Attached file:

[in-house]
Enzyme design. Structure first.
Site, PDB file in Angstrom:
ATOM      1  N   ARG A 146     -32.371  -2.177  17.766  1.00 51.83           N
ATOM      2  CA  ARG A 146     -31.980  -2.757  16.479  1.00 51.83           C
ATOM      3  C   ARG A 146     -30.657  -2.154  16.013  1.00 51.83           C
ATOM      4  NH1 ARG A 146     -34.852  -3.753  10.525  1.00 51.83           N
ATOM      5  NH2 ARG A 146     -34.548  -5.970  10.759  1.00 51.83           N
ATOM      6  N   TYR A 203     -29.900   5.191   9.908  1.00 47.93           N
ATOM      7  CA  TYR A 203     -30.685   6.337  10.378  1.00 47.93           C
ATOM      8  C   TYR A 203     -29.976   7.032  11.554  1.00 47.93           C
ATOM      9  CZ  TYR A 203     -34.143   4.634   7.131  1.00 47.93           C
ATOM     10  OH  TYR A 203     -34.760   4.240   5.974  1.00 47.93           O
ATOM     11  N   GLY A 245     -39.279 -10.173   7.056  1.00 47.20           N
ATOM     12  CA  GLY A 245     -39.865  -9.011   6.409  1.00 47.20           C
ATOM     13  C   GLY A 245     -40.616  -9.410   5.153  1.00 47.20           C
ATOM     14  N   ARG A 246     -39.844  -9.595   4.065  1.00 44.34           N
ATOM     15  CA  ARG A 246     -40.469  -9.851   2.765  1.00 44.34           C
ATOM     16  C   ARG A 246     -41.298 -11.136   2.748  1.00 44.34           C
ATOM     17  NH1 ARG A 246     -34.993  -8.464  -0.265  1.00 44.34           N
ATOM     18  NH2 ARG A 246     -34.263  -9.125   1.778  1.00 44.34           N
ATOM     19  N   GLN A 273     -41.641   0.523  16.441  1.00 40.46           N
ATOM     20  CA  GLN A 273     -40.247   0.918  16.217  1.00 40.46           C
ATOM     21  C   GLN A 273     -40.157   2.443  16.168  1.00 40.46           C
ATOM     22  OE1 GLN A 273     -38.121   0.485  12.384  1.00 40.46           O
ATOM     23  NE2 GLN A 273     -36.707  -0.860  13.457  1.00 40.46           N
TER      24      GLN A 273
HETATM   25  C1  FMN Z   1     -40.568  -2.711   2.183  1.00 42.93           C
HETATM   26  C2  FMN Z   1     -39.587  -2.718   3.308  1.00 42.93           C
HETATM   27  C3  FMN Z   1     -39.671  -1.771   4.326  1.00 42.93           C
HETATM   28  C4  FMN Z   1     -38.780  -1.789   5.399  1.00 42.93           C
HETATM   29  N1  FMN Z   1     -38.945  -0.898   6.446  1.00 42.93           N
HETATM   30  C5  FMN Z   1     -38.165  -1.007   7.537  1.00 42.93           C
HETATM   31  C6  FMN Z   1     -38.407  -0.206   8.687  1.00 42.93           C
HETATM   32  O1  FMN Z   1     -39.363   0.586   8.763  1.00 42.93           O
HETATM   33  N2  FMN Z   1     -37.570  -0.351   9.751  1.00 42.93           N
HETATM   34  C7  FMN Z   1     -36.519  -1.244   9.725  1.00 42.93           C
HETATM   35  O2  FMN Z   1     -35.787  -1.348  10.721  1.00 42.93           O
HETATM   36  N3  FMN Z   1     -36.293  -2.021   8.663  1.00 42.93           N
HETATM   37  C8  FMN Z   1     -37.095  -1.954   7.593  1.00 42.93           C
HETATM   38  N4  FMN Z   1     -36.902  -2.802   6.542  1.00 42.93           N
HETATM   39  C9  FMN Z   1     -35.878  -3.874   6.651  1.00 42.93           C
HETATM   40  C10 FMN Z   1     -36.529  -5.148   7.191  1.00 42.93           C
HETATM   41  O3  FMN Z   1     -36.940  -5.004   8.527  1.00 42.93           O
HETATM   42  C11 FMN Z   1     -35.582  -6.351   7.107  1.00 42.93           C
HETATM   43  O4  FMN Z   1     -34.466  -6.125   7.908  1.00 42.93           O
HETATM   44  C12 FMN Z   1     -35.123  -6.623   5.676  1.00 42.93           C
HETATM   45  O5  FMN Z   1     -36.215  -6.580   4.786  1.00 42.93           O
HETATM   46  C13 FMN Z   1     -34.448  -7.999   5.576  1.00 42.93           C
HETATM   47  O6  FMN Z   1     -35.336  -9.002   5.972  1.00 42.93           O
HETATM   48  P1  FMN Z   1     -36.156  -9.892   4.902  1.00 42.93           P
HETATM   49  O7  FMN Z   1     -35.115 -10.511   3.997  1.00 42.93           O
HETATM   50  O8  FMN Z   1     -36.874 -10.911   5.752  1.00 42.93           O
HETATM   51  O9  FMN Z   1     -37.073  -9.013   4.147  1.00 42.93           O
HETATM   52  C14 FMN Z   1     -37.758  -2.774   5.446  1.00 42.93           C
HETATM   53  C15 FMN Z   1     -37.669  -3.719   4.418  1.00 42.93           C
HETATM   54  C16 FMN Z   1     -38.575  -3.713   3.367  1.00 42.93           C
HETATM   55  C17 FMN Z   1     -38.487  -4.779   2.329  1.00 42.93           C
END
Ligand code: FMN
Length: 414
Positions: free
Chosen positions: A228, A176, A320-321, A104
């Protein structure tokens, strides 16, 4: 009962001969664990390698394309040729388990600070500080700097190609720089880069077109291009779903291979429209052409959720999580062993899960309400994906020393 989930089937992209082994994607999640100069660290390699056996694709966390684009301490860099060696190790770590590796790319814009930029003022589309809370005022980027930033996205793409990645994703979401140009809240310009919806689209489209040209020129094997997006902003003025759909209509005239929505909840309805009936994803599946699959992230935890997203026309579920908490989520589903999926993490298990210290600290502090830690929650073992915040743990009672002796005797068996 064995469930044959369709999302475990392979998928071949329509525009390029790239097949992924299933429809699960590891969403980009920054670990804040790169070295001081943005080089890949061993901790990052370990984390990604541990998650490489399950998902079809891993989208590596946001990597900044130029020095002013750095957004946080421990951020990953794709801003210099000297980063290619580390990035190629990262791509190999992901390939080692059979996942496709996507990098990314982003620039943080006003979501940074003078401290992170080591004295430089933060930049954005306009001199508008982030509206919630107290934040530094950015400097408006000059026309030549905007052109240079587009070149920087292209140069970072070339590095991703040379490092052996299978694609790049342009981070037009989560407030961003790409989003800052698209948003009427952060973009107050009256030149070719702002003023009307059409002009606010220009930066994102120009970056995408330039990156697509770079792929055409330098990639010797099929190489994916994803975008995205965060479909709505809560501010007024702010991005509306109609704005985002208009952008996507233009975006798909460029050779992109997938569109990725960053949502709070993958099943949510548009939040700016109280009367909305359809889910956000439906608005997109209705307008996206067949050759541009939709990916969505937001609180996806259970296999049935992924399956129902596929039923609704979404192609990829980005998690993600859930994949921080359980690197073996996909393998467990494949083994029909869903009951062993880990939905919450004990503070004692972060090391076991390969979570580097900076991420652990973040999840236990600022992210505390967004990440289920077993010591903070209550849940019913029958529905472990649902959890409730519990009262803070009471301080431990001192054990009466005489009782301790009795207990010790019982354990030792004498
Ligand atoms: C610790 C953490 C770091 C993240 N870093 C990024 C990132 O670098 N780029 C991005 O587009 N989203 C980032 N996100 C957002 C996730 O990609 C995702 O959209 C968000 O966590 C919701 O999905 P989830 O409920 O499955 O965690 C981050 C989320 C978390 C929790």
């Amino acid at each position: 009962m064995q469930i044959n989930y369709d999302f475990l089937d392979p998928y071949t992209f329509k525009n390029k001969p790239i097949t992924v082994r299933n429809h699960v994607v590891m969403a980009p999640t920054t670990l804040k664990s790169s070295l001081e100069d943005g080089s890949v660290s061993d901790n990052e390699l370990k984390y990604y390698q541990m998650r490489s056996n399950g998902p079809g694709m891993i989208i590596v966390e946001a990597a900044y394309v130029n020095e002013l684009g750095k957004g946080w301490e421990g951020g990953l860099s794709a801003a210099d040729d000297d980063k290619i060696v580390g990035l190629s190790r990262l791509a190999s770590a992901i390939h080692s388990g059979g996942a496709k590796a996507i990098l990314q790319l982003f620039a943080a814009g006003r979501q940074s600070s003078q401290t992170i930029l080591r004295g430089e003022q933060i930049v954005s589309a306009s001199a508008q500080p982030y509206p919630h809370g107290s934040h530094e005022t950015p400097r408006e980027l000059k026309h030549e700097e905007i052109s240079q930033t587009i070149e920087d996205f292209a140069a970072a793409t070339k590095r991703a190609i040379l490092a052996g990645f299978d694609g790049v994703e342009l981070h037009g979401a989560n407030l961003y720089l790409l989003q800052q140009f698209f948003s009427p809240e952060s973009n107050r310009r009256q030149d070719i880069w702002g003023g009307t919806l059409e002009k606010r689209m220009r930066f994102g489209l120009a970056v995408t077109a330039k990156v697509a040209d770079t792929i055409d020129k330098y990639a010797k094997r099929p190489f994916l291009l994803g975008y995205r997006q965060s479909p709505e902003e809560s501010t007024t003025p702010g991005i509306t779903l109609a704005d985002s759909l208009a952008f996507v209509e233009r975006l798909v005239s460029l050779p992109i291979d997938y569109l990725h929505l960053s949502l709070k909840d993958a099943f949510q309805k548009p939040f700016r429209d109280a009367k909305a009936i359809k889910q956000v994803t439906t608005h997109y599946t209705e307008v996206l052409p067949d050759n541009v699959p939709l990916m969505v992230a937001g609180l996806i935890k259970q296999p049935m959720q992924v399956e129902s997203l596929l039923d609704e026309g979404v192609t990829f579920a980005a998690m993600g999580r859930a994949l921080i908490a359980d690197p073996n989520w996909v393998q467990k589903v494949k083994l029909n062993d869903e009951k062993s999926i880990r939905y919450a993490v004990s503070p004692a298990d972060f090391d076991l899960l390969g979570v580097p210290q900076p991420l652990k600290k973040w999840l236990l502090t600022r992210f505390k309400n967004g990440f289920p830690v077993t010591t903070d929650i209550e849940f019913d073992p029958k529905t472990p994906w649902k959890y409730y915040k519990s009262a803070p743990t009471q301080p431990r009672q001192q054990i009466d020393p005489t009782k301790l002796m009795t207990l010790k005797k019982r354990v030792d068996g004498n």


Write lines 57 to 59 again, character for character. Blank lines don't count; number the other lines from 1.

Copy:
HETATM   54  C16 FMN Z   1     -38.575  -3.713   3.367  1.00 42.93           C
HETATM   55  C17 FMN Z   1     -38.487  -4.779   2.329  1.00 42.93           C
END